Here are DailyWritingTips.com readers’ queries about plural usage, and my responses.
1. Is staff singular or plural?
Staff can be either singular or plural, though the singular form is preferred: “The staff is encouraged by the new policy” is correct. “The staff are encouraged by the new policy” is also correct but is better rendered “The staff members are encouraged by the new policy.”
“Staff members are encouraged by the new policy,” however, has a slightly different connotation; when staff is preceded by the, the implication is that the opinion is one of consensus. Without the, it’s assumed that the conclusion is based on a sampling, though that distinction would be clearer if the sentence read, “Some [or many, or another qualifier] staff members are encouraged by the new policy.”
2. “Is shingles — referring to the disease, not the roof covering — singular or plural?”
Shingles or any similar condition (hives, measles, mumps) should be referred to with a singular verb: “Shingles is more common in adults than in children.” If that seems awkward, you could write, for example, “Contracting shingles is more common in adults than in children.”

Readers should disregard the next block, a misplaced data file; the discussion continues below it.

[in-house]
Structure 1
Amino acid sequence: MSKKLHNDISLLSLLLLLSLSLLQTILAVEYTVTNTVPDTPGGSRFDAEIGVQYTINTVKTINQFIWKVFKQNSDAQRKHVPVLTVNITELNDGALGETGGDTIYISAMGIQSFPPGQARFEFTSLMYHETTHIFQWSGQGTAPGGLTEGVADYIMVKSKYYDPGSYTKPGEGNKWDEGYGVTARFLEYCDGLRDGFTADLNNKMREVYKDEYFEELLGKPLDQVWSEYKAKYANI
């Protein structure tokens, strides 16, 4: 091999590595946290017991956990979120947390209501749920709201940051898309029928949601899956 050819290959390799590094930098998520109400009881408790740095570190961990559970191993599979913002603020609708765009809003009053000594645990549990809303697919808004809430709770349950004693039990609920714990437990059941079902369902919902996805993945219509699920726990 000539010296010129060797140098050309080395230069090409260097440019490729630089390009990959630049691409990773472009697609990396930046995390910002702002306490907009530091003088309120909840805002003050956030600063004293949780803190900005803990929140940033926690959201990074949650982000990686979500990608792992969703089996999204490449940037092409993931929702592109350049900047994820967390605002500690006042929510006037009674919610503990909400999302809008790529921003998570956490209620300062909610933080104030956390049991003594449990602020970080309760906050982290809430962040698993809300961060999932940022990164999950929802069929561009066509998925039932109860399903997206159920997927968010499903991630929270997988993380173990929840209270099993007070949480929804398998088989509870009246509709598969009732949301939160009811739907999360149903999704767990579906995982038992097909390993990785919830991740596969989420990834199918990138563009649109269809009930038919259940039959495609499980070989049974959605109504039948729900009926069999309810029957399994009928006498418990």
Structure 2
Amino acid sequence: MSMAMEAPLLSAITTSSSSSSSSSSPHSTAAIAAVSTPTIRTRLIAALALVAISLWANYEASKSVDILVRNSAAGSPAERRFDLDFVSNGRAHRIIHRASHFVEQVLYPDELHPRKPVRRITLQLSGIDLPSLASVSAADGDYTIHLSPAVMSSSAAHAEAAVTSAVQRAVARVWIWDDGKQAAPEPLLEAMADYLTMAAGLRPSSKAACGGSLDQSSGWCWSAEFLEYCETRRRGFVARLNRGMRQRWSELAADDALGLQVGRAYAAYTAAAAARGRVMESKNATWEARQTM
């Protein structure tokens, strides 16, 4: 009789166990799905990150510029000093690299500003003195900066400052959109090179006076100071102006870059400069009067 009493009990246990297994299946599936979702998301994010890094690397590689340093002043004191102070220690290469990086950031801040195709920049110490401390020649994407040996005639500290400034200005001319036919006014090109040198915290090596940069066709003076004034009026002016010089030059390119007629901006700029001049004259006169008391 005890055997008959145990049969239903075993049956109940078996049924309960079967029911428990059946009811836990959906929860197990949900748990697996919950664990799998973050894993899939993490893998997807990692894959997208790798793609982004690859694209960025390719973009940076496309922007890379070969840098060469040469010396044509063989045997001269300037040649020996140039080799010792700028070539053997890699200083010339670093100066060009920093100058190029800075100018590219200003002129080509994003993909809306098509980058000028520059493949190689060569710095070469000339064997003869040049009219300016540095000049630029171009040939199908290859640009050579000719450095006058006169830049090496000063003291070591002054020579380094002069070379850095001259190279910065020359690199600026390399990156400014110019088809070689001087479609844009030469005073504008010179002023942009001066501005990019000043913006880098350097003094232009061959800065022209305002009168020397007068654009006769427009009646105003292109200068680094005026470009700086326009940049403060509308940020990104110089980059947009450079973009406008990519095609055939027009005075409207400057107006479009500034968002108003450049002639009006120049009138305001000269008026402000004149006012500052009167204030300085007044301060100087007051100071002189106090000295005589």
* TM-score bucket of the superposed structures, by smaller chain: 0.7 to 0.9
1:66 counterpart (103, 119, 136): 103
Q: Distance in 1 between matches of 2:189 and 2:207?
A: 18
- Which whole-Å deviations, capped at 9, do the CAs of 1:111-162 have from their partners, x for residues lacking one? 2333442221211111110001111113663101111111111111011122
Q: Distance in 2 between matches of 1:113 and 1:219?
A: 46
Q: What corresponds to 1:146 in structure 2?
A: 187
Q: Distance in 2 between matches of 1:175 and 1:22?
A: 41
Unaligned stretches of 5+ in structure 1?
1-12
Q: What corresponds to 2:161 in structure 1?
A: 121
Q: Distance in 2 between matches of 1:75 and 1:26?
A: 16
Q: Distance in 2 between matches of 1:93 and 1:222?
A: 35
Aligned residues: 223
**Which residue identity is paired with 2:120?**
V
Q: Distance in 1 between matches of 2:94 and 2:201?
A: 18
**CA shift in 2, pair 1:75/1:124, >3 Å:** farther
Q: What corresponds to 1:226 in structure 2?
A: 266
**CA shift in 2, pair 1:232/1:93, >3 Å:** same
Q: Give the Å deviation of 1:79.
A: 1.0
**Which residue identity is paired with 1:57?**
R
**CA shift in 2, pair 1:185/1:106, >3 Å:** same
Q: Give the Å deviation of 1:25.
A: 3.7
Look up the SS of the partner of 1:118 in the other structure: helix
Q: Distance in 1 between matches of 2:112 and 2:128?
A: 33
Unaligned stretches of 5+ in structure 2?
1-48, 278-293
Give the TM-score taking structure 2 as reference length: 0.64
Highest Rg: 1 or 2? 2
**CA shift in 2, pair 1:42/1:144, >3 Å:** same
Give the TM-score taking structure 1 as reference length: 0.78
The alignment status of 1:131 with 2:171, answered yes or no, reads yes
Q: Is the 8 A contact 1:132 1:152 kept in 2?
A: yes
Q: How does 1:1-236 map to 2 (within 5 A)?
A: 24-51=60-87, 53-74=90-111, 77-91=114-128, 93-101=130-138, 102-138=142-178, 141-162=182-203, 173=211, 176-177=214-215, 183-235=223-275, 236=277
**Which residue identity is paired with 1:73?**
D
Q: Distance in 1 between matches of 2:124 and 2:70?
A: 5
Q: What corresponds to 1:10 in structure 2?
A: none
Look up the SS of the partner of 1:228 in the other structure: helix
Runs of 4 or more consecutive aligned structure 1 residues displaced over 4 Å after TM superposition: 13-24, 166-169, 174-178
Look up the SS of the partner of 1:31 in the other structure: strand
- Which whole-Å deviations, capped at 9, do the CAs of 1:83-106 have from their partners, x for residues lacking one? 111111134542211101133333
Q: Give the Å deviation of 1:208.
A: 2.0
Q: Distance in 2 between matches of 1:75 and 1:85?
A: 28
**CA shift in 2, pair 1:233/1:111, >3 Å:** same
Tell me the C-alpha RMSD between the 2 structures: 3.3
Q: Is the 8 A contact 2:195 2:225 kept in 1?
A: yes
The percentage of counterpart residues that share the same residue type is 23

3. I am confused about something, specifically singular and plural usage when writing about music groups. For instance, I might write about the fictional music group Music Band: “At last night’s concert, Music Band was awesome!” I have been told it is more correct to say, “At last night’s concert, Music Band were awesome!” Which is more correct? Isn’t was more correct when referring to the band as a whole? And yet, almost every instance I’ve seen uses were instead of was, which just doesn’t sound right to me.
In American English, the verb should be consistent with the form of the name. Plural-style names (“the Beatles”) take plural verbs, and singular-style names (“the Who”) take singular verbs. In British English, both forms take a plural verb. (This post discusses these usages and the convention for references to sports teams.)